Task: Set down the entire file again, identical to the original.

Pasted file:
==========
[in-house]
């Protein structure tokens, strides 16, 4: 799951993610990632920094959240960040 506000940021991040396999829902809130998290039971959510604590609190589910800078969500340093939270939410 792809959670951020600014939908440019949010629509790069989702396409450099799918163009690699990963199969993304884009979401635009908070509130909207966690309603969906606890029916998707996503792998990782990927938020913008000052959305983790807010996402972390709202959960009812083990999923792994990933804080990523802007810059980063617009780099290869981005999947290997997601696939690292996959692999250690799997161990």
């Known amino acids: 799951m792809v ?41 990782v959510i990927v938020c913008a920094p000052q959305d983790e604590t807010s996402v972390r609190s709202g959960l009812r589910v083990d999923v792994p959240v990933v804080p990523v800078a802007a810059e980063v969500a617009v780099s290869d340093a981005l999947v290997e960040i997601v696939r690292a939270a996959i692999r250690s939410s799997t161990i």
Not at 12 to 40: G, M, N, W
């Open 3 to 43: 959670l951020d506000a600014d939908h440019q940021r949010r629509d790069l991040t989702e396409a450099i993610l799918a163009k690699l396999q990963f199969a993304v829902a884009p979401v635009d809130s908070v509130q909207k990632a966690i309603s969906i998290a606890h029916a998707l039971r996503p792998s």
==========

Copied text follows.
[in-house]
């Protein structure tokens, strides 16, 4: 799951993610990632920094959240960040 506000940021991040396999829902809130998290039971959510604590609190589910800078969500340093939270939410 792809959670951020600014939908440019949010629509790069989702396409450099799918163009690699990963199969993304884009979401635009908070509130909207966690309603969906606890029916998707996503792998990782990927938020913008000052959305983790807010996402972390709202959960009812083990999923792994990933804080990523802007810059980063617009780099290869981005999947290997997601696939690292996959692999250690799997161990």
């Known amino acids: 799951m792809v ?41 990782v959510i990927v938020c913008a920094p000052q959305d983790e604590t807010s996402v972390r609190s709202g959960l009812r589910v083990d999923v792994p959240v990933v804080p990523v800078a802007a810059e980063v969500a617009v780099s290869d340093a981005l999947v290997e960040i997601v696939r690292a939270a996959i692999r250690s939410s799997t161990i």
Not at 12 to 40: G, M, N, W
């Open 3 to 43: 959670l951020d506000a600014d939908h440019q940021r949010r629509d790069l991040t989702e396409a450099i993610l799918a163009k690699l396999q990963f199969a993304v829902a884009p979401v635009d809130s908070v509130q909207k990632a966690i309603s969906i998290a606890h029916a998707l039971r996503p792998s």